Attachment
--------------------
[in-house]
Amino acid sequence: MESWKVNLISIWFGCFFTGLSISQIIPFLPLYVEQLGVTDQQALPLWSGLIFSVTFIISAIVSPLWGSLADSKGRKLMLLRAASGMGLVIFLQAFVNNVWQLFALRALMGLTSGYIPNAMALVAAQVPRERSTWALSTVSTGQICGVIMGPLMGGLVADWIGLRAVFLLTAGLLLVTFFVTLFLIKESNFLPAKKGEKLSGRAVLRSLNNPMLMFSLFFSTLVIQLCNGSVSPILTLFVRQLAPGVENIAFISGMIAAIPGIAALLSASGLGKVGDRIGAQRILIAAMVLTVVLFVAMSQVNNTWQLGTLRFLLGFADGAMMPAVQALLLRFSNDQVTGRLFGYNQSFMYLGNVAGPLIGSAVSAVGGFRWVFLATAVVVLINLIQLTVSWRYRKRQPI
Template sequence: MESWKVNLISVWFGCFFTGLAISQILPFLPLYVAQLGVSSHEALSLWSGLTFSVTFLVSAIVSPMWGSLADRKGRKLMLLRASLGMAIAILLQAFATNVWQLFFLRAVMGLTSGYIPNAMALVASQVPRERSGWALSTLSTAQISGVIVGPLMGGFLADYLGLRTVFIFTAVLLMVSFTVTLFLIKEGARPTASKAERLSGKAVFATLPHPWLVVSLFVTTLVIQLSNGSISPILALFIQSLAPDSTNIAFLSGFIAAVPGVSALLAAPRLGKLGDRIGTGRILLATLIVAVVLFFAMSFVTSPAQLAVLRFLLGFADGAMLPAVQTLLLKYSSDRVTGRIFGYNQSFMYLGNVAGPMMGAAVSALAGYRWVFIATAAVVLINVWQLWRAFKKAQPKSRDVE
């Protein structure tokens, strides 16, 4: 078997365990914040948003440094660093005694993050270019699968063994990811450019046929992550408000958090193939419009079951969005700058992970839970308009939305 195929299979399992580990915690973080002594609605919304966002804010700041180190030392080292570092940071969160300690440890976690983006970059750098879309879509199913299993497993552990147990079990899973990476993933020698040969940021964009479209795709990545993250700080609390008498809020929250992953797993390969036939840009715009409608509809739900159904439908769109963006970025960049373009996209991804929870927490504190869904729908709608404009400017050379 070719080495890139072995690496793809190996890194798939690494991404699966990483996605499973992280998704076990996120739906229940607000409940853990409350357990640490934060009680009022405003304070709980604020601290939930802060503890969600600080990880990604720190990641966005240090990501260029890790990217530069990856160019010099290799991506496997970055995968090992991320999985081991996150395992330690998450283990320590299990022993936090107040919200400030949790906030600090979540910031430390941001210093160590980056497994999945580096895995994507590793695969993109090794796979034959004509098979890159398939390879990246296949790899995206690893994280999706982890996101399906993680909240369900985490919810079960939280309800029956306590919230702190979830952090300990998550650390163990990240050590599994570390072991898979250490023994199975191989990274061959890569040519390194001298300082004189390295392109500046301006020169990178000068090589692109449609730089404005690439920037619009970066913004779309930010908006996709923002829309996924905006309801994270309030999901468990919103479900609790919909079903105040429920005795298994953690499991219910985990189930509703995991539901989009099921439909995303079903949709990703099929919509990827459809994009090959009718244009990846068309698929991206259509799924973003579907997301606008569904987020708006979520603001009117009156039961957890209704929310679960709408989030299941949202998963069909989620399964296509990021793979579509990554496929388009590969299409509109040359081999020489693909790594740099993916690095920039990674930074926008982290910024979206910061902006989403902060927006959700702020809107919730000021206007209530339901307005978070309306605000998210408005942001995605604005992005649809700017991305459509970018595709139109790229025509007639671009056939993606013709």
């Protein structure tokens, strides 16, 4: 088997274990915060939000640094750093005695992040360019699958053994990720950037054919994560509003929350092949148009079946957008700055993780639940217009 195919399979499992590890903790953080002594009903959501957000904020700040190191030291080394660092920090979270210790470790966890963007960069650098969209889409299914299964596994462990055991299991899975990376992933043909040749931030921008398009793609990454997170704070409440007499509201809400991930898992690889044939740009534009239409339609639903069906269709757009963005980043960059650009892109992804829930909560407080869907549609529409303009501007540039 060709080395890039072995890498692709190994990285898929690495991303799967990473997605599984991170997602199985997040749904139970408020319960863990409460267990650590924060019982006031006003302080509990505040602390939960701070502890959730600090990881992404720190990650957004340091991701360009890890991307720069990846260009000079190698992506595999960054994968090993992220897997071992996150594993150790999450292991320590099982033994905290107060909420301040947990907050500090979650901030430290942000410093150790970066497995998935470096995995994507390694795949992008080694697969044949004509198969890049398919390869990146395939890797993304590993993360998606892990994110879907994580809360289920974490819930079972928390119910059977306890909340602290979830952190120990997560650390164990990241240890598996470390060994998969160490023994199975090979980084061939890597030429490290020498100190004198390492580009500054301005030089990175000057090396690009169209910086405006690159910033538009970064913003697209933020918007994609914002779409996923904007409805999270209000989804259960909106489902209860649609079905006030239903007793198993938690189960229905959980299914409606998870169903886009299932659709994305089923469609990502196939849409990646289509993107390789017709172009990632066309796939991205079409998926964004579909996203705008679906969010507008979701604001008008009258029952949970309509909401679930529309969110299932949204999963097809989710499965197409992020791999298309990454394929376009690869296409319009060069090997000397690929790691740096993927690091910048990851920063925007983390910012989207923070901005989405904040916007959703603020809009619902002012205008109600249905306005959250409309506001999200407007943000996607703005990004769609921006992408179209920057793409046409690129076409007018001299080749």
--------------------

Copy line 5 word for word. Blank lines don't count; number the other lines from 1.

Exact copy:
């Protein structure tokens, strides 16, 4: 088997274990915060939000640094750093005695992040360019699958053994990720950037054919994560509003929350092949148009079946957008700055993780639940217009 195919399979499992590890903790953080002594009903959501957000904020700040190191030291080394660092920090979270210790470790966890963007960069650098969209889409299914299964596994462990055991299991899975990376992933043909040749931030921008398009793609990454997170704070409440007499509201809400991930898992690889044939740009534009239409339609639903069906269709757009963005980043960059650009892109992804829930909560407080869907549609529409303009501007540039 060709080395890039072995890498692709190994990285898929690495991303799967990473997605599984991170997602199985997040749904139970408020319960863990409460267990650590924060019982006031006003302080509990505040602390939960701070502890959730600090990881992404720190990650957004340091991701360009890890991307720069990846260009000079190698992506595999960054994968090993992220897997071992996150594993150790999450292991320590099982033994905290107060909420301040947990907050500090979650901030430290942000410093150790970066497995998935470096995995994507390694795949992008080694697969044949004509198969890049398919390869990146395939890797993304590993993360998606892990994110879907994580809360289920974490819930079972928390119910059977306890909340602290979830952190120990997560650390164990990241240890598996470390060994998969160490023994199975090979980084061939890597030429490290020498100190004198390492580009500054301005030089990175000057090396690009169209910086405006690159910033538009970064913003697209933020918007994609914002779409996923904007409805999270209000989804259960909106489902209860649609079905006030239903007793198993938690189960229905959980299914409606998870169903886009299932659709994305089923469609990502196939849409990646289509993107390789017709172009990632066309796939991205079409998926964004579909996203705008679906969010507008979701604001008008009258029952949970309509909401679930529309969110299932949204999963097809989710499965197409992020791999298309990454394929376009690869296409319009060069090997000397690929790691740096993927690091910048990851920063925007983390910012989207923070901005989405904040916007959703603020809009619902002012205008109600249905306005959250409309506001999200407007943000996607703005990004769609921006992408179209920057793409046409690129076409007018001299080749």